The third film from Heller again focuses on a writer. Her overly raunchy, vintage coming of age story “The Diary of a Teenage Girl,” Melissa McCarthy’s Oscar-nominated “Can You Ever Forgive Me” and now this, all focus on writers with issues to work out throughout the course of a film, with the help of someone new who enters their life. ‘Neighborhood’ has a lot of faults, but casting Rhys in the leading role is a death sentence. He simply cannot and does not carry the weight of the film. Hanks is fine with his enactment, but it’s just that, never rising above an imitation. Chris Cooper sings surprisingly well, but what he doesn’t do well is come in and create the abandoned father looking for forgiveness. By the second act, this film has turned into a dull day in the neighborhood and those unsure of who Rogers was or what he was about, leave nearly as uninformed.
It’s humorous how every difficult question Vogel hurls at Rogers is met with gratefulness and some anecdote that makes the audience laugh because it’s frustrating the interviewer. Sure there are inspirational moments that encourage the audience to go out of the theater and treat each other with the love and dignity Rogers showed everyone, and that’s beautiful sentiment. ‘Neighborhood’ doesn’t commandeer the kind of narrative “The Two Popes” achieves by showing the audience how Fred Rogers got to be so saint-like. The most creative element to the film is the transitions that start with the toy miniatures of Roger’s show and continue to be used to show where the characters are traveling too. “A Beautiful Day in the Neighborhood” boils down to a movie studio wanting to capitalize on the popularity of the documentary and squeeze a feature film out of it. Audiences might feel cheated from the false advertising, once they discover the film isn’t about Rogers. The ole’ bait and switch marketing manipulation.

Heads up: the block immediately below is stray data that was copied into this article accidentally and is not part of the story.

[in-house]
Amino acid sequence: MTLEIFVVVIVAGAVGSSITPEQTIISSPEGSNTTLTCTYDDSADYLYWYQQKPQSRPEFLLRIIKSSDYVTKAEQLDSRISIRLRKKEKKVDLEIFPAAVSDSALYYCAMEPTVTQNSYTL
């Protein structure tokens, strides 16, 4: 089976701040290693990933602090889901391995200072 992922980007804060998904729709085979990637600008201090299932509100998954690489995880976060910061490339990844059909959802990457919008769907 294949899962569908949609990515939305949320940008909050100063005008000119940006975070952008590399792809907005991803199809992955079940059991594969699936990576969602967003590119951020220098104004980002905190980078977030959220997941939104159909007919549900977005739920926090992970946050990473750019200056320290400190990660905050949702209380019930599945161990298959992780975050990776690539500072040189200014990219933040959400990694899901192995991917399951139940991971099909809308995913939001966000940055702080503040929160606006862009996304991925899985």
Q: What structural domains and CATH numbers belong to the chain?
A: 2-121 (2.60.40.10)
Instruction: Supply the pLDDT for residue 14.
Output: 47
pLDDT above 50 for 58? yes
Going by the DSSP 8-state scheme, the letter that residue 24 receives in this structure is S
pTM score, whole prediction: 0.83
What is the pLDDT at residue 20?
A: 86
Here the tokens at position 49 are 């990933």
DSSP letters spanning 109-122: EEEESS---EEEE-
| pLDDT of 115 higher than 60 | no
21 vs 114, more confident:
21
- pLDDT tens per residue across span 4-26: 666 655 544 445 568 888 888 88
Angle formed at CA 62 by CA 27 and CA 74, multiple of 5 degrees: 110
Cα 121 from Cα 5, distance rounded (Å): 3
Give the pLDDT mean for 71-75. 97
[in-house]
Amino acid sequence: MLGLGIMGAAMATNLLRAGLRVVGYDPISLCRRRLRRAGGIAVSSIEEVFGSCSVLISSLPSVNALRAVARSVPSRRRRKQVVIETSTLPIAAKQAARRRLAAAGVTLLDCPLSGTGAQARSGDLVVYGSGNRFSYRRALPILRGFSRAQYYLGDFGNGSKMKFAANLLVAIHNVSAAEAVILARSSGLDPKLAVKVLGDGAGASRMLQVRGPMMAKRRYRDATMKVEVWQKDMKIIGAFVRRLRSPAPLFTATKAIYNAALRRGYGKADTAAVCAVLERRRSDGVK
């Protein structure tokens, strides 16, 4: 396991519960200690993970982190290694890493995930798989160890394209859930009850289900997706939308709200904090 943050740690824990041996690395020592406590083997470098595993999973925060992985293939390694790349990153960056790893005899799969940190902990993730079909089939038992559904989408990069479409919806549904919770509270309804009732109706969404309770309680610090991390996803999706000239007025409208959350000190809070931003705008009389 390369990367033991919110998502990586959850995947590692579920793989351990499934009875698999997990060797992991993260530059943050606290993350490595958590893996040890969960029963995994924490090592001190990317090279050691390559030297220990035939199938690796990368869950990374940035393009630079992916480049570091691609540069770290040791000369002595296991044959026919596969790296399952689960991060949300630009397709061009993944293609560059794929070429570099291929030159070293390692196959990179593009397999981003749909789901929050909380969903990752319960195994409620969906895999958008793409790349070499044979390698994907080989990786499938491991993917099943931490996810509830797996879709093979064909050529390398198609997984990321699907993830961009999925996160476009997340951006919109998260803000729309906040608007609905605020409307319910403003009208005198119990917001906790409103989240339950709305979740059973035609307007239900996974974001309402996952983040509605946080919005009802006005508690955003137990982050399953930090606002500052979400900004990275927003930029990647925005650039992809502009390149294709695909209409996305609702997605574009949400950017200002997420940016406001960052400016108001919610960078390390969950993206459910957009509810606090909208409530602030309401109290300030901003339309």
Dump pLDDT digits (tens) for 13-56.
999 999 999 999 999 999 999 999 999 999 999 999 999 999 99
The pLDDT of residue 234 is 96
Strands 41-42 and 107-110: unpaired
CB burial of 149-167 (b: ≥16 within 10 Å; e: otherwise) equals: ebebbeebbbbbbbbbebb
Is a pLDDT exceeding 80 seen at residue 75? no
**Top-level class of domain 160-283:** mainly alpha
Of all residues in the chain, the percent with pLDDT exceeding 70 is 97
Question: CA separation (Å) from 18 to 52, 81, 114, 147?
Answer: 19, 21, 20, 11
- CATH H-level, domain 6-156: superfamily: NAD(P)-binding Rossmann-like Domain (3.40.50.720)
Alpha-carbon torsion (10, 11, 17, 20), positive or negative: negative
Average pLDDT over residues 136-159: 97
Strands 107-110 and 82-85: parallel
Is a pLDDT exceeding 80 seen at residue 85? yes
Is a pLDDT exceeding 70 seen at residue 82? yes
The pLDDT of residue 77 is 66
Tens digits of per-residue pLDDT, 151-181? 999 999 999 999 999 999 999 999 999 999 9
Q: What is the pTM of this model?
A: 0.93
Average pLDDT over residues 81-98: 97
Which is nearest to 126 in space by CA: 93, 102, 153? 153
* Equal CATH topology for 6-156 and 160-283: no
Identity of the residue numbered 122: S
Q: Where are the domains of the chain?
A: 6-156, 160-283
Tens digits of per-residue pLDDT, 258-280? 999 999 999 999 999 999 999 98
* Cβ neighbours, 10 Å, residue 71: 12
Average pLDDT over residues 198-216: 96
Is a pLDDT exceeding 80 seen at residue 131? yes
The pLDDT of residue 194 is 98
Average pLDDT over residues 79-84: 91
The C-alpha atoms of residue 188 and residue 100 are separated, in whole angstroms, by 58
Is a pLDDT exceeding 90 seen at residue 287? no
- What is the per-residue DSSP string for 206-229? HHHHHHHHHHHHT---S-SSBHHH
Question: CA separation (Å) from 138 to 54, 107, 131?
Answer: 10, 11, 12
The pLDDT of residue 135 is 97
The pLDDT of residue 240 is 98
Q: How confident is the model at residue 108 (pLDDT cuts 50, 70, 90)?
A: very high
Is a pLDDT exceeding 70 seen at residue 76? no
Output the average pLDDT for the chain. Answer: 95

Hanks limited screen time doing an impersonation isn’t enough to save a film that’s told from a lackluster point of view.
8 comments on “A Beautiful Day in the Neighborhood”